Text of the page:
An estimated 125,000 dogs live in Seattle, and each day they dump 41,250 pounds of poop onto yards, sidewalks, parks and maybe where you stepped this morning. That's bound to spark confrontations.
Is there a tactful way to write this story?
An estimated 125,000 dogs live in Seattle, and each day they dump 41,250 pounds of poop onto yards, sidewalks, parks and maybe where you stepped this morning.
It doesn’t matter that we live in unsure times, with all kinds of nervous headlines about the future. Dog droppings are always here — a steady, daily occurrence. We’re a city in which there are 45 percent more canines than children. That means Seattle gets 15.1 million pounds of this stuff a year.
Most Read Local Stories
- Police release video of suspect in deadly Westlake Station shooting
- Homelessness divided a small Western Washington town. And then the fighting started.
- Looking to quell downtown disorder, Seattle and King County announce plan for repeat offenders
- Police had a citizen set up a sting to buy back his stolen stuff. Then, they didn't show up. | Danny Westneat
- Bringing light rail to central Ballard would cost an extra $450 million; here's why
And, because of dogs and their trot treats, there are numerous confrontations between neighbors, between dog owners and animal-control officers, and between dog owners and passers-by.
So when Steve Guiling, a Mount Vernon wooden-boat builder living temporarily in Seattle, decided to challenge a dog-poop citation he was given at Discovery Park on Nov. 6, he was joining a long list of people unloading their frustrations on this matter.
On a rainy November morning, Guiling decided to take Amy, his 13-year-old shepherd-mix dog, to Discovery Park.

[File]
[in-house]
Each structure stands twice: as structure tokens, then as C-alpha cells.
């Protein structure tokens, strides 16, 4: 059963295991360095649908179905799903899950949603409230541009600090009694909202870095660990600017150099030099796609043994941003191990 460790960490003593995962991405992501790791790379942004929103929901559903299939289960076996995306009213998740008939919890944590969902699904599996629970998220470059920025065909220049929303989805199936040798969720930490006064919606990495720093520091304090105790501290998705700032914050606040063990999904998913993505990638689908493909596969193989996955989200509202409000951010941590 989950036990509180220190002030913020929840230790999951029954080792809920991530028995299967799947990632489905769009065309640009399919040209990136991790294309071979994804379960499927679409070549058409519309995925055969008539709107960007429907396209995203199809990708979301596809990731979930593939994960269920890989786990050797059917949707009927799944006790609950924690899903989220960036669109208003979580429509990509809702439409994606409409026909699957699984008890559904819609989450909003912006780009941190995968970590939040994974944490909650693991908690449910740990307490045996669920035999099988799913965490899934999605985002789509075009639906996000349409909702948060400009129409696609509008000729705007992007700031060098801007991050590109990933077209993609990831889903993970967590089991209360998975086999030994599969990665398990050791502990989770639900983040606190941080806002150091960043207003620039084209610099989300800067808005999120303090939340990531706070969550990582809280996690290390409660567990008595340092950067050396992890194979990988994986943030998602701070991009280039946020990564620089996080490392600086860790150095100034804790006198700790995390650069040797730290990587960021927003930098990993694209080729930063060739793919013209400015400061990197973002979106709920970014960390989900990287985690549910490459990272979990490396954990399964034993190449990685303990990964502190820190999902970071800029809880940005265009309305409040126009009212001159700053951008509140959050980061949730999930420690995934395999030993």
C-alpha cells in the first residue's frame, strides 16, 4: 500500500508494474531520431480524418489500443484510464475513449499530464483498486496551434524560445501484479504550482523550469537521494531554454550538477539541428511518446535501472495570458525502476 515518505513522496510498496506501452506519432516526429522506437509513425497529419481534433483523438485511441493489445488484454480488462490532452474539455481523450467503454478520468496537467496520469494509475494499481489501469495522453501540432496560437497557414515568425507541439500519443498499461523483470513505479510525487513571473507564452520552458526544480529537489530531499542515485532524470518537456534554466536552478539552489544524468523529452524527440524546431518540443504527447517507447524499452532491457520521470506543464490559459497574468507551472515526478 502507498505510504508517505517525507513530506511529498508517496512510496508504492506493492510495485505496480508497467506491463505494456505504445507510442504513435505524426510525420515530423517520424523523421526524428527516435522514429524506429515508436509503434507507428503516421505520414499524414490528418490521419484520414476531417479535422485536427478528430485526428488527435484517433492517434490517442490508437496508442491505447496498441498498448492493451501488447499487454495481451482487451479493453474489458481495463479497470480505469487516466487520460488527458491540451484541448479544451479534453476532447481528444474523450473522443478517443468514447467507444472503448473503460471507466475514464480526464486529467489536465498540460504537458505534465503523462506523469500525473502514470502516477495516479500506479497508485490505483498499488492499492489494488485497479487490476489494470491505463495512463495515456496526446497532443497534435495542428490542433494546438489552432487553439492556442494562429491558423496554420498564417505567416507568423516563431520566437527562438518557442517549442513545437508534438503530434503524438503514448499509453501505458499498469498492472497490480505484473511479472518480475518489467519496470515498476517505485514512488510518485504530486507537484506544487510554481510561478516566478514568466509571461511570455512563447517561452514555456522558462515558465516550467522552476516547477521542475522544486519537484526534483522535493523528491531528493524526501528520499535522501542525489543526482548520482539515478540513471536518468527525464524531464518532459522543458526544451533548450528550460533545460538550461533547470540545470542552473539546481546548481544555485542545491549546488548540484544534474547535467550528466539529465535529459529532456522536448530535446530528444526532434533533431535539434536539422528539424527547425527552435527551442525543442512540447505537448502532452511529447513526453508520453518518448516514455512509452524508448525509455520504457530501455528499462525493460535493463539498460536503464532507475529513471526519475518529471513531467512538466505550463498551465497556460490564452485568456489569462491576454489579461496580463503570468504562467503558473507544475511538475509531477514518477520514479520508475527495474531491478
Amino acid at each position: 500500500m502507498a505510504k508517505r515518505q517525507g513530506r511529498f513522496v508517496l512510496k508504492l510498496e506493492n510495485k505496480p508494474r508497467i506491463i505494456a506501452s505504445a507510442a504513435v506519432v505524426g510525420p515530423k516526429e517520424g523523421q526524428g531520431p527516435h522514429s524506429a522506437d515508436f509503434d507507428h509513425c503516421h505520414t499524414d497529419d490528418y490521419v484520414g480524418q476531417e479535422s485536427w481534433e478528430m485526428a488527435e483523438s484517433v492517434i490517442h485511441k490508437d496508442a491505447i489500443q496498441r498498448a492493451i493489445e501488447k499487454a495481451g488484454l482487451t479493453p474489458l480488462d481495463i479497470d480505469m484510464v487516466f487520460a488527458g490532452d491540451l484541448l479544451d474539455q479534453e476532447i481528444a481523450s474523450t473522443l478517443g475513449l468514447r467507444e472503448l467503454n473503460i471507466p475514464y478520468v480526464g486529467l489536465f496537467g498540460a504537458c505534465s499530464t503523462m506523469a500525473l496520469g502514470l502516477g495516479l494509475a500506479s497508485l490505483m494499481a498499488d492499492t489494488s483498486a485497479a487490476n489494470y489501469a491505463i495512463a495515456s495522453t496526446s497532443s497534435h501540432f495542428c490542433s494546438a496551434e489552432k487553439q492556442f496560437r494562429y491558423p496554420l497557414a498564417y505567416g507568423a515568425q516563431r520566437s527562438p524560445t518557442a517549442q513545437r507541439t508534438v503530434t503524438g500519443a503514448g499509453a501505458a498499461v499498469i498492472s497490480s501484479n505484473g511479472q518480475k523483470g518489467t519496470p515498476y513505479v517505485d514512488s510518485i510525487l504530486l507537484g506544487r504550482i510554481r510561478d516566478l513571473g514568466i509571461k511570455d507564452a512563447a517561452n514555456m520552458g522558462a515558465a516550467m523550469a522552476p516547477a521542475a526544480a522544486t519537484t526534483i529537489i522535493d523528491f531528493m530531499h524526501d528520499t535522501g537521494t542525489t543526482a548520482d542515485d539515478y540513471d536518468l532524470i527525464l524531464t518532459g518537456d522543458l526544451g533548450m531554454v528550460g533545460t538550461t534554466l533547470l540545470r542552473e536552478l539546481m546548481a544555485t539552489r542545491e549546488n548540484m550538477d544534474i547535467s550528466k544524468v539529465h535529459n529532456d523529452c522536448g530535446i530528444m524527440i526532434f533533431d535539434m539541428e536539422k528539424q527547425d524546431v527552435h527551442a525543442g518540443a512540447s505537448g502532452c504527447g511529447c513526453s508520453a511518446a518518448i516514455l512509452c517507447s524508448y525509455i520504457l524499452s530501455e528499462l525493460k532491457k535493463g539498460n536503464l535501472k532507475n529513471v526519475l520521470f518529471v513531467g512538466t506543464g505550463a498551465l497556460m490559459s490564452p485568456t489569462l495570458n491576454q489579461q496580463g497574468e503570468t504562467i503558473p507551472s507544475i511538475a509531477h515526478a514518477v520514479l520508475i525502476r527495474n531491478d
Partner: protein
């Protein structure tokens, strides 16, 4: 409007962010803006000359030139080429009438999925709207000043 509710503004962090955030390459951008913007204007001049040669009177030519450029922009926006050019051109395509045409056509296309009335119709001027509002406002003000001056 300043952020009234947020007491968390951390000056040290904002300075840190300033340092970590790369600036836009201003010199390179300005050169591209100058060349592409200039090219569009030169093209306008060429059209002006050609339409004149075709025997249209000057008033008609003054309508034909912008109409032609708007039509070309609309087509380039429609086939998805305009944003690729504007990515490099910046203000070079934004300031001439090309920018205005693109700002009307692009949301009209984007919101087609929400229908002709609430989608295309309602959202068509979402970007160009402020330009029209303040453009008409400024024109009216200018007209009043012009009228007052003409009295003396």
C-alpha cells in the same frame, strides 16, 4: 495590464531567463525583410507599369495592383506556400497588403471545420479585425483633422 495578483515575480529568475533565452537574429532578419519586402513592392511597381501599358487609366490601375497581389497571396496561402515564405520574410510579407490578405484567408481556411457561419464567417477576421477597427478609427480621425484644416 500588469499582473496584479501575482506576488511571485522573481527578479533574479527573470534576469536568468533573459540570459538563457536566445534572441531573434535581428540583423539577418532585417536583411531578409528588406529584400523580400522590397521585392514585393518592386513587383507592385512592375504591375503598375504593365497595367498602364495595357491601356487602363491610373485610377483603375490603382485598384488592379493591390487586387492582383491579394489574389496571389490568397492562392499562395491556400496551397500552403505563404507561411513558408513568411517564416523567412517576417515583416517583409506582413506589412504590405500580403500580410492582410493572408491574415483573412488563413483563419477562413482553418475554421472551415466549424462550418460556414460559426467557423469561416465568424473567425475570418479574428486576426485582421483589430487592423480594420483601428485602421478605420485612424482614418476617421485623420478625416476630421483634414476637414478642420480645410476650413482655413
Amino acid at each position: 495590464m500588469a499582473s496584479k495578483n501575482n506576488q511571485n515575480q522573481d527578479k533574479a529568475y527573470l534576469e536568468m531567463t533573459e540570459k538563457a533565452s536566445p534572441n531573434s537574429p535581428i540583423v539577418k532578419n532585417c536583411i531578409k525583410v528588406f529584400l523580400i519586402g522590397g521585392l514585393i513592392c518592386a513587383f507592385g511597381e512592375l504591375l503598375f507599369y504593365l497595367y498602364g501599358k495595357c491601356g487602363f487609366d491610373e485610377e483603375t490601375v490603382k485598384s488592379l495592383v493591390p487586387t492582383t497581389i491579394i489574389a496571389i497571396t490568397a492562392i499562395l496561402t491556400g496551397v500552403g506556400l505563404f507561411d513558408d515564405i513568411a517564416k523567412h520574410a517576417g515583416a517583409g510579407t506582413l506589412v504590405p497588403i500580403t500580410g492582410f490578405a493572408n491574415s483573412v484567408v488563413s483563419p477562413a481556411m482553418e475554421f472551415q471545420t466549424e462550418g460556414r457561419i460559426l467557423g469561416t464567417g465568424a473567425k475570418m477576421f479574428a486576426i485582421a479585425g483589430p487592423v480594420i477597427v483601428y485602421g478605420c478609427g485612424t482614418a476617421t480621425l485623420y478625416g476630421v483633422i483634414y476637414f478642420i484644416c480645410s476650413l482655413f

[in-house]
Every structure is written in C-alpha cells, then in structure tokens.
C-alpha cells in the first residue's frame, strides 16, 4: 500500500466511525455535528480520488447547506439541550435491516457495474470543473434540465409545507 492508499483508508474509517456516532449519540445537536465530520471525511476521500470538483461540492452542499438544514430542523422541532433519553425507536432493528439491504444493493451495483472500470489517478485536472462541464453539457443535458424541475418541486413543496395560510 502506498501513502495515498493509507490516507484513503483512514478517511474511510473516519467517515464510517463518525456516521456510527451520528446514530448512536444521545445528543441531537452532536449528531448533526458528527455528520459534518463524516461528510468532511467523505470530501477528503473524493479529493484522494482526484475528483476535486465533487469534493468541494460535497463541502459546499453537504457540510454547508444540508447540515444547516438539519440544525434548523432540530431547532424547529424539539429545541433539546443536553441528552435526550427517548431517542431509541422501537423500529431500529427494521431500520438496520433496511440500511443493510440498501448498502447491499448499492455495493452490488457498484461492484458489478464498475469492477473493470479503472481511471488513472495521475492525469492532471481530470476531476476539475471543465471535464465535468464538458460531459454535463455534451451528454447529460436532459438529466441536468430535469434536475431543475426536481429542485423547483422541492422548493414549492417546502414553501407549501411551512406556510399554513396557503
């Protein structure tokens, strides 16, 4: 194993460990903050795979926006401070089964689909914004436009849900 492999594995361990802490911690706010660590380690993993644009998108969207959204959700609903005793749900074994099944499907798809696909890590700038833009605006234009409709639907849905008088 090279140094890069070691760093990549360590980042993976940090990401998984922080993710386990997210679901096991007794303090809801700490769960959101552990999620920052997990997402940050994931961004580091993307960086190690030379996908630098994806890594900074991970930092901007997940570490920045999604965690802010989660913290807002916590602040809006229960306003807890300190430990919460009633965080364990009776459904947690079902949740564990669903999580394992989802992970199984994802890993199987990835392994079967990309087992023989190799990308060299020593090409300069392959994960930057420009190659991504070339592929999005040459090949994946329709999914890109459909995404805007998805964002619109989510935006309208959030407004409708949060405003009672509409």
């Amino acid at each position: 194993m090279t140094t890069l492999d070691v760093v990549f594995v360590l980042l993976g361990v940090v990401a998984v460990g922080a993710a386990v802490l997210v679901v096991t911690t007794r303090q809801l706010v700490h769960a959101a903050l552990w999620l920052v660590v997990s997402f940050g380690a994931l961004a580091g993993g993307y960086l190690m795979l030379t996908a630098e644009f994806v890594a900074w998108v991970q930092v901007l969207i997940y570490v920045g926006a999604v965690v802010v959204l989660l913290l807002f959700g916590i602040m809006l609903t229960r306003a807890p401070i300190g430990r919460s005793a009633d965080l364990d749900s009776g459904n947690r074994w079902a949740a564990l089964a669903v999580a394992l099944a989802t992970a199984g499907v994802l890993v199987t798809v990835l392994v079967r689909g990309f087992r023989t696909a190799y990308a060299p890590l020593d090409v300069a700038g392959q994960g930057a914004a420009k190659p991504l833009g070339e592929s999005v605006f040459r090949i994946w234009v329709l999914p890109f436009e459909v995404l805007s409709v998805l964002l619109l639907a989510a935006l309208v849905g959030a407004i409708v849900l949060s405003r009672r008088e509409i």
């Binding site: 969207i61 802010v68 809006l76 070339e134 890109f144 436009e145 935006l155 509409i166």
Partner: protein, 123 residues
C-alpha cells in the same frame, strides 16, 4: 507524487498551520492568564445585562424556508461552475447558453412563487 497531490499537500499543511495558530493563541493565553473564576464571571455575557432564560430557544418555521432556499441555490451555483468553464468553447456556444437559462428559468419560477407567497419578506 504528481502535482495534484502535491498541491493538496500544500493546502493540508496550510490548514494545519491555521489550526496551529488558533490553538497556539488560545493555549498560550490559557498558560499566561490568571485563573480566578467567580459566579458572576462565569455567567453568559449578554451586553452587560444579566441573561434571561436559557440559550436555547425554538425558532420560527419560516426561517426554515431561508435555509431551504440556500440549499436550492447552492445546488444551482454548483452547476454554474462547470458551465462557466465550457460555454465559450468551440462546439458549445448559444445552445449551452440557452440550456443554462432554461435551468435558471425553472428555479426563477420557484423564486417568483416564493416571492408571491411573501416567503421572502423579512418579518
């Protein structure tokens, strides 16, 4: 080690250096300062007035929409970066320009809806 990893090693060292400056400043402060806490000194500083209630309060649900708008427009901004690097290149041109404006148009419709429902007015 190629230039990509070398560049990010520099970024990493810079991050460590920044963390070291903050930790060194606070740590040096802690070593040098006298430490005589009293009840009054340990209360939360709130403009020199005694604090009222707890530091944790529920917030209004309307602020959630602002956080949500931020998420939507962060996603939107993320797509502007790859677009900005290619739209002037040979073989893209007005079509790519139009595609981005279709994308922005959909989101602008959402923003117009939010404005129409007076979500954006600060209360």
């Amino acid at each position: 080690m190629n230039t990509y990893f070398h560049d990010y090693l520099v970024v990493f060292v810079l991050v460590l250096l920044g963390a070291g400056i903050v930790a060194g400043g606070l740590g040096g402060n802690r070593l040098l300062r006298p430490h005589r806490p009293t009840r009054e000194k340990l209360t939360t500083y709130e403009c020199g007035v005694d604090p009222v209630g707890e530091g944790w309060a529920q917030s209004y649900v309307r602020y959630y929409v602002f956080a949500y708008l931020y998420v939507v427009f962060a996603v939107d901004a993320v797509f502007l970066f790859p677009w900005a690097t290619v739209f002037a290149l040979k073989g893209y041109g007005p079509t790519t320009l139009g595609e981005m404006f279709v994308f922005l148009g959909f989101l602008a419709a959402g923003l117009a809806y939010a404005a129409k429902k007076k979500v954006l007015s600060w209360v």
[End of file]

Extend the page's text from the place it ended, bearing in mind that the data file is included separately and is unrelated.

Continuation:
He did not have a leash, his excuse being, “she’s 13. She can barely walk.”
On the scene happened two humane law-enforcement officers once known as dog catchers. Seattle has 13 in the field.
They wrote out a citation for Amy not being leashed, which Guiling accepted.
When Guiling later took the time to look at the ticket, he found he had actually been given two $54 citations, the other for failure to carry scoop equipment.
The latter is what Guiling is challenging.
He’s now heading to court concerning the wording of Seattle Municipal Code 18.12.080 about dogs in parks, which says the owner “shall carry equipment for removing feces.”
That’s the dog-scoop law.
According to Guiling’s version of events, although he wasn’t carrying a plastic bag to pick up Amy’s poop, what he did was walk to a nearby garbage can, find an empty plastic bag and use that.
Guiling drove to the animal-control offices and talked to Don Baxter, the enforcement supervisor, about what exactly would constitute a poop scoop.
“My point was that there is no definition,” Guiling said. “It could be the hat on your head, it could be your hand. For $54, I’d take off my shirt and use it.”
It’s true, says Baxter, that what is and isn’t a scoop isn’t really defined.
“I’ve had people say they’d take off their stocking cap and use this if the dog defecates,” Baxter said. “Another individual said they’d pull their glove out of their pocket.”
But, come on, Baxter said, “these are not reasonable expectations, that somebody would use nice gloves to pick up dog waste.”
How about $500?
In 2007, the city issued 65 citations related to dog poop — from the scoop law to allowing accumulation of feces on one’s property.
That’s a small percentage of the 2,574 animal-control citations issued (the largest number being for failure to obtain a license) that year by the city.
But the more one investigates dog-poop issues, the ever-expanding the matter becomes.